Here’s my nomination for the easiest frittata ever: Frittata al basilico, or Fresh Basil Frittata. It is literally simply beaten eggs mixed with a fistful of grated cheese and lots of fresh basil leaves. It’s perhaps my favorite summer frittata, whipped up in 15 minutes or less, full of aromatic flavor and, I would dare say, a lovely sight to behold with its contrasting green and yellow striations on the inside and golden crust outside.
A Fresh Basil Frittata is equally nice as a light main course or, cut into small squares or wedges, small bites to accompany cocktails.
Serves 4 or more as an appetizer, 2 as a main course
- 6-8 eggs
- 25 g (3 Tbs) grated pecorino romano
- A bunch of basil, leaves only
- Salt and pepper
- Olive oil
A pinch of red pepper flakes
Beat the eggs in a mixing bowl, add the grated cheese, salt and freshly ground pepper. Then gently fold in the basil leaves, tearing the larger leaves into pieces.
If using using a carbon steel skillet, get it hot over medium-high heat and cover the bottom with olive oil. If using a non-stick skillet, add the oil to the skillet and place it over medium heat. (See Notes for details.)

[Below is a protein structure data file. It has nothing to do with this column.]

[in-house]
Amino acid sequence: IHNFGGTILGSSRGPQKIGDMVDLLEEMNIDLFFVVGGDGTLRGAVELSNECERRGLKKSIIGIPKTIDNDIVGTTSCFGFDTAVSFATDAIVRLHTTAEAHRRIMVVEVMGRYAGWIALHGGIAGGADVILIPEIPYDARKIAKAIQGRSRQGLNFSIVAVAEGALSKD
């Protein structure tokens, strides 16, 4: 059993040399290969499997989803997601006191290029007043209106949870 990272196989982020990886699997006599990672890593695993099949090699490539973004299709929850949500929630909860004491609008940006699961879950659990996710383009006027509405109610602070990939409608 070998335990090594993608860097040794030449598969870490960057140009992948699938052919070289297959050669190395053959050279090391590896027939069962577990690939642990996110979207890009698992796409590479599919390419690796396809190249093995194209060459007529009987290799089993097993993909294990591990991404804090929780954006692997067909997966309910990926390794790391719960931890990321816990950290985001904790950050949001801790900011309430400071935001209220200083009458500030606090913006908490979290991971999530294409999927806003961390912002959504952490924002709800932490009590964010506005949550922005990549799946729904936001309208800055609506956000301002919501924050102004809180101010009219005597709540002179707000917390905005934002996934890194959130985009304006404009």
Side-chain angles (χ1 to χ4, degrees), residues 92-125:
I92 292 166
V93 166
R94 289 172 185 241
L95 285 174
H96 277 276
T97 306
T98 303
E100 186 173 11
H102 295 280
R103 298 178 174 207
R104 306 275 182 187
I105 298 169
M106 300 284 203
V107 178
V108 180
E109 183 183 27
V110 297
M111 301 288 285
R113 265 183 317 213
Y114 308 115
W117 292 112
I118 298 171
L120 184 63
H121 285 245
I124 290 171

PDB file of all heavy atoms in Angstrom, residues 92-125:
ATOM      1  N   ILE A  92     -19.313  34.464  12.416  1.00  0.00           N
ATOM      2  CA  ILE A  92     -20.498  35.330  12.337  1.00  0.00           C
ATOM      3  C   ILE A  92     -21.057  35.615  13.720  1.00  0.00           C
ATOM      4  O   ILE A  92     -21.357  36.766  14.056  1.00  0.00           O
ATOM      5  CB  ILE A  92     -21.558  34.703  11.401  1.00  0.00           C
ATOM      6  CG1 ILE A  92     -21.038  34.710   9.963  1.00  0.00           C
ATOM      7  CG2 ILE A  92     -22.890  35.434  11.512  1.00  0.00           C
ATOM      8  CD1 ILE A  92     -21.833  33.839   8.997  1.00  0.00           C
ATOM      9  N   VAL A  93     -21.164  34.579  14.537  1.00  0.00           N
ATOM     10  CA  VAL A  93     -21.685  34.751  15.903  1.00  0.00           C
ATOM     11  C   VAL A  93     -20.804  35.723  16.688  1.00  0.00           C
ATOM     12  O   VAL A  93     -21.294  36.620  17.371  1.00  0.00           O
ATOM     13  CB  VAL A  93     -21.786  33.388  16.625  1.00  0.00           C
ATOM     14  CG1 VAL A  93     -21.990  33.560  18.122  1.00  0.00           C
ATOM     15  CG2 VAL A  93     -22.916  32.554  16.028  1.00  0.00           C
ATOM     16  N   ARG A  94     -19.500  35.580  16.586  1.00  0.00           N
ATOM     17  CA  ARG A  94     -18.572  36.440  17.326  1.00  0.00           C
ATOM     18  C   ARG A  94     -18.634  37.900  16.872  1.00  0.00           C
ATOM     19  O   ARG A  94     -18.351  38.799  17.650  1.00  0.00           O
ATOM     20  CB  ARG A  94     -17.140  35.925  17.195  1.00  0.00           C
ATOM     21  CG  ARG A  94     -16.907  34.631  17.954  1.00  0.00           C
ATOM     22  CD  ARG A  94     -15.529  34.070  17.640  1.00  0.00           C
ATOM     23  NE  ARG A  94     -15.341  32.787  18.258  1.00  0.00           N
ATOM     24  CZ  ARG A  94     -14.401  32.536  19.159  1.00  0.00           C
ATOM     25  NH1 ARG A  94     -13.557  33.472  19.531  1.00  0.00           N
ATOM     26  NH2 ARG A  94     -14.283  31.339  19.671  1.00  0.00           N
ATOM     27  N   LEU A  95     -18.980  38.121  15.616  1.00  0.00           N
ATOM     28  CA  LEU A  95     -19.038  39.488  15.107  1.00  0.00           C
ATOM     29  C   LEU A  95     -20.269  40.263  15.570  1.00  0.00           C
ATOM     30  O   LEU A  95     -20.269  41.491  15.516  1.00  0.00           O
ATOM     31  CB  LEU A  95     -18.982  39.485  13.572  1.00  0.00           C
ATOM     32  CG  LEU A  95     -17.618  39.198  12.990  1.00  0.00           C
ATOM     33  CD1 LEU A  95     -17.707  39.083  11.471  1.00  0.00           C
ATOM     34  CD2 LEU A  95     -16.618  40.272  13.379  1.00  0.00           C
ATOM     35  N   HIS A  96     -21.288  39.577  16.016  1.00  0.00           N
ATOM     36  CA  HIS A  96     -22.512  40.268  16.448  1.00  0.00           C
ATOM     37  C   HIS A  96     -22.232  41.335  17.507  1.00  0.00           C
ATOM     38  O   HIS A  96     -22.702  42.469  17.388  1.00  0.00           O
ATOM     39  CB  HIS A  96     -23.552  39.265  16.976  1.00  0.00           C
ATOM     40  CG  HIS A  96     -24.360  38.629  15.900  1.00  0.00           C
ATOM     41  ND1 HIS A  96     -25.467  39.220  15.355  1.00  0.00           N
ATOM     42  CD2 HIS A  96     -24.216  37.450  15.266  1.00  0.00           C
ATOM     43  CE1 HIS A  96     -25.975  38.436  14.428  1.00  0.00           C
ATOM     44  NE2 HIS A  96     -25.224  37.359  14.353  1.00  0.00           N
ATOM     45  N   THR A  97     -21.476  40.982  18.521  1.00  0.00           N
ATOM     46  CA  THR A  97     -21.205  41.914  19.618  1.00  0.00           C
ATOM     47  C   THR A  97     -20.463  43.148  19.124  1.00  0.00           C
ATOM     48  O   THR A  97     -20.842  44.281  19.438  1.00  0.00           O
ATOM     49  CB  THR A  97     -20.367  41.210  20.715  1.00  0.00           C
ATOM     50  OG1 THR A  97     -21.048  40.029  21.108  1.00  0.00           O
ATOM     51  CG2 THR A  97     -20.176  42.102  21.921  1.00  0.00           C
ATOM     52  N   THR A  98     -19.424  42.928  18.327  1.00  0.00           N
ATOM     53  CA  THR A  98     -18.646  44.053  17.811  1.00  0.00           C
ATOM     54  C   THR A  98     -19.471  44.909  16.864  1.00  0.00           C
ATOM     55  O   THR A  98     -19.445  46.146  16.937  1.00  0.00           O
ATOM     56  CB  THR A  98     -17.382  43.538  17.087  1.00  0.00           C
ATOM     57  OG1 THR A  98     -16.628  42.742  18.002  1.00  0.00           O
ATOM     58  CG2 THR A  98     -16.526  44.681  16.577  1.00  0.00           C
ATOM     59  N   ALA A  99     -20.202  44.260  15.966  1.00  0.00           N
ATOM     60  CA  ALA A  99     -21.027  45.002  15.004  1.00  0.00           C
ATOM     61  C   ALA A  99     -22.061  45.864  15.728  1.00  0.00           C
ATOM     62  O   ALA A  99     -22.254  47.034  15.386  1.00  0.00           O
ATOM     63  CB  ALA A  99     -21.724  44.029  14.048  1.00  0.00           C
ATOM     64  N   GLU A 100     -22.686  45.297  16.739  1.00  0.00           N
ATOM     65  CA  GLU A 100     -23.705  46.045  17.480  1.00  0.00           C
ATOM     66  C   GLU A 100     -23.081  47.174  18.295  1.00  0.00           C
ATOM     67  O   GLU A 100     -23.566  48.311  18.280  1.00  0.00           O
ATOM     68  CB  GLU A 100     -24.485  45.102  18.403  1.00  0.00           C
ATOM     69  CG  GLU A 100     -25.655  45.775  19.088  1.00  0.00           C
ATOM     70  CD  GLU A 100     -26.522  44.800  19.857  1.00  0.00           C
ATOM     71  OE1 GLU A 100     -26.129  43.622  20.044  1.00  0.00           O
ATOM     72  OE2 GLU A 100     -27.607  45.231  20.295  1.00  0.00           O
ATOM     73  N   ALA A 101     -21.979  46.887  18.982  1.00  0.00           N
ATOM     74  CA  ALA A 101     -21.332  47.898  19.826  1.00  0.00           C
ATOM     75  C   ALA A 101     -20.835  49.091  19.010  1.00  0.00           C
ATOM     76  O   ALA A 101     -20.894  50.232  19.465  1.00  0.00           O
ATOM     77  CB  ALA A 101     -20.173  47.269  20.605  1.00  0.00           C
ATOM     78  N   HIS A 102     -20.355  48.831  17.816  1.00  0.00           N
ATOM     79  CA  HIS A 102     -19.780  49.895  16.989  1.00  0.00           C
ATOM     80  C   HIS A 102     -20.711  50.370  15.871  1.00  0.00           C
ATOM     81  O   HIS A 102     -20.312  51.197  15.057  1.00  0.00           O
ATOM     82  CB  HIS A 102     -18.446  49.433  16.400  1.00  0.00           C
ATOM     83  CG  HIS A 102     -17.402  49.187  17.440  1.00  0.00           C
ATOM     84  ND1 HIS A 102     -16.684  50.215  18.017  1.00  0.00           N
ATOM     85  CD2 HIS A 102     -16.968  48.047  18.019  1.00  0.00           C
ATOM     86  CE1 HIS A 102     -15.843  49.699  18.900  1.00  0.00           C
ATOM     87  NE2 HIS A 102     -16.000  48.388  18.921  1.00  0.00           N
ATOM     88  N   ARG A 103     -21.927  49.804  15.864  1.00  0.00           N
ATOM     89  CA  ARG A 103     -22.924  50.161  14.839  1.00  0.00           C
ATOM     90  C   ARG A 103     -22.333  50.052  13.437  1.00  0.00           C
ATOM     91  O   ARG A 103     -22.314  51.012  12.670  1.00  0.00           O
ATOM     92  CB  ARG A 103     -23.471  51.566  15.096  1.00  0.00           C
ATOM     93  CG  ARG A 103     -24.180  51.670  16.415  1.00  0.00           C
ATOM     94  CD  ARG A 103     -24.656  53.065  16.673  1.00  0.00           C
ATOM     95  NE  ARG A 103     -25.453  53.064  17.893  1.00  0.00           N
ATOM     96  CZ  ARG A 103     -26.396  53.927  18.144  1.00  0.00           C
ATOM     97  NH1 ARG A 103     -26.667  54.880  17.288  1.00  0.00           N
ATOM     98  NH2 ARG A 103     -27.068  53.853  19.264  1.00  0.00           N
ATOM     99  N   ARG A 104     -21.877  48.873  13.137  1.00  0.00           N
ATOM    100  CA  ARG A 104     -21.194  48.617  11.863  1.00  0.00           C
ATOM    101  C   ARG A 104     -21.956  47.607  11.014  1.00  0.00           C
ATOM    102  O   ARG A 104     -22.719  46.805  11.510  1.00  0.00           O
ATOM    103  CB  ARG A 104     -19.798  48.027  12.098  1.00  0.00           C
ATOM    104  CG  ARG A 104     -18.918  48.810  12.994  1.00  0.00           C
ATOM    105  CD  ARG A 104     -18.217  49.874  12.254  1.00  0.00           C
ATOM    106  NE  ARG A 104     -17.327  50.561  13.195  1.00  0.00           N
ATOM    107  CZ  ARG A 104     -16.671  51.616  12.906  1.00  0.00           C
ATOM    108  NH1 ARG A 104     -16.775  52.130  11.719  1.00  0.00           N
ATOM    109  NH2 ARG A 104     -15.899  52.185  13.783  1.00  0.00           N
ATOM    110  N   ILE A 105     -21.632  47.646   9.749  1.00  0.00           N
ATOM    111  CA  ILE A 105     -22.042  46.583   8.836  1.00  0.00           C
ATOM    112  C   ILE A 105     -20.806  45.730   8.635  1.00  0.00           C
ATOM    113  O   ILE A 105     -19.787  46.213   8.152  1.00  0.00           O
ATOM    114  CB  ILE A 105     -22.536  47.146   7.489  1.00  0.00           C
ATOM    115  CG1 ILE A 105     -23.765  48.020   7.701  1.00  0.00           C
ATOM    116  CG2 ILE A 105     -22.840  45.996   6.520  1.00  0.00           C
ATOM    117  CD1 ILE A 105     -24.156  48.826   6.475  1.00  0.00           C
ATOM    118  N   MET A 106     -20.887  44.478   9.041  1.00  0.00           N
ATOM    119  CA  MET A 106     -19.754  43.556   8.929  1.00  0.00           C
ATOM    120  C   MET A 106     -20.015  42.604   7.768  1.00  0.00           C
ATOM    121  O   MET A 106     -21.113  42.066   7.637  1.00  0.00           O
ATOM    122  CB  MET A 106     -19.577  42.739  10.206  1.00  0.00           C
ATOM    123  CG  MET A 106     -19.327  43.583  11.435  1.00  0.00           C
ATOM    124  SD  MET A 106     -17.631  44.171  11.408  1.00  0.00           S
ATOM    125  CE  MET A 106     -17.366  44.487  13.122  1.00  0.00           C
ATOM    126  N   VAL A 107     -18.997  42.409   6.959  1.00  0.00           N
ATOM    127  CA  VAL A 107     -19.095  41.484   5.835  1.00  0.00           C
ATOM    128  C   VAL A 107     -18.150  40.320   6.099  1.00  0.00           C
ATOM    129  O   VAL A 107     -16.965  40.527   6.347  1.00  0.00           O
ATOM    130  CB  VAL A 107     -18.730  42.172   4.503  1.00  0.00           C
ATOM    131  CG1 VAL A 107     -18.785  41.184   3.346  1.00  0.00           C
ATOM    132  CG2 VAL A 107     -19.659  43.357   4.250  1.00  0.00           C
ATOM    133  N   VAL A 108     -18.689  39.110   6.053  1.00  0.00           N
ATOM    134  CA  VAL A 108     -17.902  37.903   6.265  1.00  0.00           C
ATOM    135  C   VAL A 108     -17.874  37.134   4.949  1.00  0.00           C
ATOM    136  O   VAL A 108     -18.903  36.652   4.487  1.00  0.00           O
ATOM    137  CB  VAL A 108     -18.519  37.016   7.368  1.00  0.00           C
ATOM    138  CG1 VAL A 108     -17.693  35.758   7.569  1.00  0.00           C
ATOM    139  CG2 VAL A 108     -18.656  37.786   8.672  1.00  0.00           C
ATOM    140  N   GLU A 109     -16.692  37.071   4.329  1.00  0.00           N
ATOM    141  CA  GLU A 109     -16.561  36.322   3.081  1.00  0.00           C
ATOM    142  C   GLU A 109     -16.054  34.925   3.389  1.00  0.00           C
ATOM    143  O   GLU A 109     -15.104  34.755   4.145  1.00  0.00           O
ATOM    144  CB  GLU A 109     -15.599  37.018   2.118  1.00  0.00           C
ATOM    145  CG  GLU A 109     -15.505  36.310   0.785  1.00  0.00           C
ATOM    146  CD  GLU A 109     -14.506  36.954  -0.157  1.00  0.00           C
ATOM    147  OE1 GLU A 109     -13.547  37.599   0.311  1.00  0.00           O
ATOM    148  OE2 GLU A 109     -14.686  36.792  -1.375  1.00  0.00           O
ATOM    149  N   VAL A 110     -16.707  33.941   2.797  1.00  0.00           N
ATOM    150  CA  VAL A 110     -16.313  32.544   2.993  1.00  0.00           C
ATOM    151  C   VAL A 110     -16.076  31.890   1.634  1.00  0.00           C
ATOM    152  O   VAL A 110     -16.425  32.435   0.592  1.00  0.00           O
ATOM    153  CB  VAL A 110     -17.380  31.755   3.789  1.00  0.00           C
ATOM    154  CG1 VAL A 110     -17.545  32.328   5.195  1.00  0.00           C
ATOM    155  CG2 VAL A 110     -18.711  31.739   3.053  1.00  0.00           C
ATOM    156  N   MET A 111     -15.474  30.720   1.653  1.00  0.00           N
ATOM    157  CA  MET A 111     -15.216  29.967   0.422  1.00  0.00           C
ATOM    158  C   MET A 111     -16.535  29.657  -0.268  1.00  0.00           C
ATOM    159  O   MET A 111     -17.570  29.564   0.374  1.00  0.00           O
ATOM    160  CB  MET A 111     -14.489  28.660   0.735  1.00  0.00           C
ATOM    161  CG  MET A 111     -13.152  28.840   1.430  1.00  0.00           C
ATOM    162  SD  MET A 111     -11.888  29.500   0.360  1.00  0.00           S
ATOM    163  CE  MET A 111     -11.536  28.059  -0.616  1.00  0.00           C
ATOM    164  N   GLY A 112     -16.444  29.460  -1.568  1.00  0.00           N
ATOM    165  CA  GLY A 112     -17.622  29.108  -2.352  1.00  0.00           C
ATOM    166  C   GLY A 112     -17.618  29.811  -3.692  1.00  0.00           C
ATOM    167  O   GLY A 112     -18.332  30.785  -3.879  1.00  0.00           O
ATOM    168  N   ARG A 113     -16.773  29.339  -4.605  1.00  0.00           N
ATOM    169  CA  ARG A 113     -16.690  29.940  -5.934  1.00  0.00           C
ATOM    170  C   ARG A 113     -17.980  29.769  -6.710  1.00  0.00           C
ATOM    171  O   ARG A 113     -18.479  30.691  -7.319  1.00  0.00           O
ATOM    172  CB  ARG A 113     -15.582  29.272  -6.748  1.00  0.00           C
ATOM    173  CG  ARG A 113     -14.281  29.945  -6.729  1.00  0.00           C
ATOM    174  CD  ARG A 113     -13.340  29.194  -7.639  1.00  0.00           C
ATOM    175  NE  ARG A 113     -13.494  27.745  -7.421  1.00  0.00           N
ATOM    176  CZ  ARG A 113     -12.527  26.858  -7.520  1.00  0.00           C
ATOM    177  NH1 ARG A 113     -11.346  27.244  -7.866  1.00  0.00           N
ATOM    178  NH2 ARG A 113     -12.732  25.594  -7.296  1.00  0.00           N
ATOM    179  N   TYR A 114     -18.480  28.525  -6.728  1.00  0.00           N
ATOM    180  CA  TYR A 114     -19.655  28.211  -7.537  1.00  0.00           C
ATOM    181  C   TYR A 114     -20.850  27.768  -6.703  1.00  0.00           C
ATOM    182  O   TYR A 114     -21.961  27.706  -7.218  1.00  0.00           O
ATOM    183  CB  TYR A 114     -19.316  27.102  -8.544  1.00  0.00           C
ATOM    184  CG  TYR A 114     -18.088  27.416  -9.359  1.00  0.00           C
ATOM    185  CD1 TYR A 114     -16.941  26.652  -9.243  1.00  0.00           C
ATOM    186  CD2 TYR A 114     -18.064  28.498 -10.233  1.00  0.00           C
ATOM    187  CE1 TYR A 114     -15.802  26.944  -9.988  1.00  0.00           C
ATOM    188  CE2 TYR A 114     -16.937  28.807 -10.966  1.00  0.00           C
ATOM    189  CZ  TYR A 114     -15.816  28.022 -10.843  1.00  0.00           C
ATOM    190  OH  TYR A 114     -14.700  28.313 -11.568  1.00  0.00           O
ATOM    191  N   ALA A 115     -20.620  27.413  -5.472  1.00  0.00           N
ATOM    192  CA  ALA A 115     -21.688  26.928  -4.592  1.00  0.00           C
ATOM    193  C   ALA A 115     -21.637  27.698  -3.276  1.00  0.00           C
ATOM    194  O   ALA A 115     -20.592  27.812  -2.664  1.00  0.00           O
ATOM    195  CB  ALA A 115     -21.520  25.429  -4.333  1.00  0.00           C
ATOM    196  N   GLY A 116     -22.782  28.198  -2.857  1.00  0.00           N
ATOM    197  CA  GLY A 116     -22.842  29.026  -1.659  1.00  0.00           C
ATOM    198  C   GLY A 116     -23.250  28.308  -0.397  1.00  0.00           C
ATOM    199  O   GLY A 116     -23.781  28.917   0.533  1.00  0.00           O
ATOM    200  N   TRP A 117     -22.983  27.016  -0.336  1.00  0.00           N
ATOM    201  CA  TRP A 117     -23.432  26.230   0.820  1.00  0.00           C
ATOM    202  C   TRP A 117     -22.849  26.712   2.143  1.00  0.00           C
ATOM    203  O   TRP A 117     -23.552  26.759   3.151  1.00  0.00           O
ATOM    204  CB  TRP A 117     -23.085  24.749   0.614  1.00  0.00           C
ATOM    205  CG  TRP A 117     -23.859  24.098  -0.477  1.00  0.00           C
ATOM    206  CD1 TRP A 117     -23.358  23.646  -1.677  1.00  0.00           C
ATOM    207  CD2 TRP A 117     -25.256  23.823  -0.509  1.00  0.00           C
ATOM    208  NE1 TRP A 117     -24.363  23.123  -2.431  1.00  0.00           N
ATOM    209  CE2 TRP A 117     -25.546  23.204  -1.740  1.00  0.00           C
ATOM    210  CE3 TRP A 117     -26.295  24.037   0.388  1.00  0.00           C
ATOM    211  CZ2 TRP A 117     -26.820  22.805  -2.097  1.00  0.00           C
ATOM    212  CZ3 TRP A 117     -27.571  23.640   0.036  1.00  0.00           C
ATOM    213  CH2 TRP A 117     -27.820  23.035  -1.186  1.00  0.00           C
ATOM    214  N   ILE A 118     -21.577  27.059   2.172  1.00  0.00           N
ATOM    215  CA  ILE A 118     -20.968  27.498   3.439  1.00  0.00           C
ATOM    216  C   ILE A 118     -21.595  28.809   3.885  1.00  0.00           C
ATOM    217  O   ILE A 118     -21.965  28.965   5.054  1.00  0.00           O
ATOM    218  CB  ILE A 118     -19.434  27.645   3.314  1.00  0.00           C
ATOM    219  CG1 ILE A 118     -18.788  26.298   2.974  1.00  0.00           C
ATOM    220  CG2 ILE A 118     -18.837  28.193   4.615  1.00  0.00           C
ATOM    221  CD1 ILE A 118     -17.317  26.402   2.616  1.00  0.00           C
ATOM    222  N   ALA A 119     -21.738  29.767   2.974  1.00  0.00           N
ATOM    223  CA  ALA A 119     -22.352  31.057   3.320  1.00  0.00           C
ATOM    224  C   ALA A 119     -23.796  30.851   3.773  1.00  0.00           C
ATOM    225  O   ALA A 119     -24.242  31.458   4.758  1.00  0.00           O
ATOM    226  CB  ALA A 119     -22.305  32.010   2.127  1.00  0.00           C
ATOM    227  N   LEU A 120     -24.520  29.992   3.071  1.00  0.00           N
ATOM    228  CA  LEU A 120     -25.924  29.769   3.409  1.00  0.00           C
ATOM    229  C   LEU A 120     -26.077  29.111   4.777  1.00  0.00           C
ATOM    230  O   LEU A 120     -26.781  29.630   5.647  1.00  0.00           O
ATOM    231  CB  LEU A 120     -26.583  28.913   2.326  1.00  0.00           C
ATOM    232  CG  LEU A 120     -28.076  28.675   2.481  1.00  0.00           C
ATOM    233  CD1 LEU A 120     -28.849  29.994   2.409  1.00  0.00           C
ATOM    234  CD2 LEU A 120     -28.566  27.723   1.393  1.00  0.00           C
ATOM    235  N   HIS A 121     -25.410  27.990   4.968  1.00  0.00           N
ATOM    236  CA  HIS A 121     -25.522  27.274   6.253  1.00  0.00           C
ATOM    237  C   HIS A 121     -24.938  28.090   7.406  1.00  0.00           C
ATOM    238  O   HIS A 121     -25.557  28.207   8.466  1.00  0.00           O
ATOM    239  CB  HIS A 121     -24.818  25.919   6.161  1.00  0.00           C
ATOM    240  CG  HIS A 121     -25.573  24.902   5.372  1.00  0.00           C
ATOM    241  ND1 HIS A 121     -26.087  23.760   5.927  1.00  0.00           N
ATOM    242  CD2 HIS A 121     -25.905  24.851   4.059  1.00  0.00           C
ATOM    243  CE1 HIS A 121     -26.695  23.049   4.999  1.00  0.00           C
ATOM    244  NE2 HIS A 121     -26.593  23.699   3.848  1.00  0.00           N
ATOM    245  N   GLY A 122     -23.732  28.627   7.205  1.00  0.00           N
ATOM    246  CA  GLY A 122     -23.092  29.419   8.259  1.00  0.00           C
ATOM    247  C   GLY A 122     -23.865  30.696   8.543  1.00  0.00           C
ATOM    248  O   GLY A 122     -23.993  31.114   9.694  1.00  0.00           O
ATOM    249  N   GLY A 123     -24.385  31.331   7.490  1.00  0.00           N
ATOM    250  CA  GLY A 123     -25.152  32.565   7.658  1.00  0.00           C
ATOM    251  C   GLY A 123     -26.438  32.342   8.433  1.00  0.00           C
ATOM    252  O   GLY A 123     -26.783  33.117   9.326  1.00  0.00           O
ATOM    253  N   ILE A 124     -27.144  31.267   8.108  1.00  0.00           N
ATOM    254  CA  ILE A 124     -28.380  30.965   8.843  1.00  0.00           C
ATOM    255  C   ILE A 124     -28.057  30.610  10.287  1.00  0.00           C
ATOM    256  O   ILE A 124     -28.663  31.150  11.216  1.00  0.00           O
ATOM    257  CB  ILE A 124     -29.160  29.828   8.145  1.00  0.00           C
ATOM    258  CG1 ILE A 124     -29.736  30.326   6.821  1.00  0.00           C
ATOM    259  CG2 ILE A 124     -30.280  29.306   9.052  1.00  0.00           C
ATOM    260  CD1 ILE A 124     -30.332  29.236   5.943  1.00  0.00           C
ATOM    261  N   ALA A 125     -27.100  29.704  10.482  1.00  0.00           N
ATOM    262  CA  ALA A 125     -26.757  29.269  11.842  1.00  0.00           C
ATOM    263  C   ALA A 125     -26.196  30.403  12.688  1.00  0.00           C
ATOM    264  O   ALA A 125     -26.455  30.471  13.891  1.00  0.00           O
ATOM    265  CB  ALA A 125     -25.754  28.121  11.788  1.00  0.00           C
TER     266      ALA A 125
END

Add the egg mixture into the hot oil, turn down the heat to medium-low, and proceed following the usual technique for making a frittata, frying one side until the eggs have nearly set and developed a light golden brown crust, then flipping the frittata over and browning the other side as well, until the eggs are fully cooked through. The process will take about 5 minutes for the first side, perhaps 3 minutes for the second, give or take, depending on thickness.
Slide the frittata onto a serving plate. Let it cool a bit (or entirely) before slicing and serving.
Notes on Fresh Basil Frittata
Like all frittatas, this one is best eaten either warm or at room temperature, not scalding hot. A few minutes’ rest to cool before serving improves both flavor and texture.
Cooking time will depend largely on the number of eggs and the size of your skillet. For the rather thin frittata you see in the photos here, I used 7 eggs fried in a medium-sized (26 cm/10 inch) skillet. More eggs or a smaller skillet would produce a bit thicker result. But since basil leaves are not at all bulky, a Fresh Basil Frittata will tend to be rather thinner than say, one filled with potato and sausage.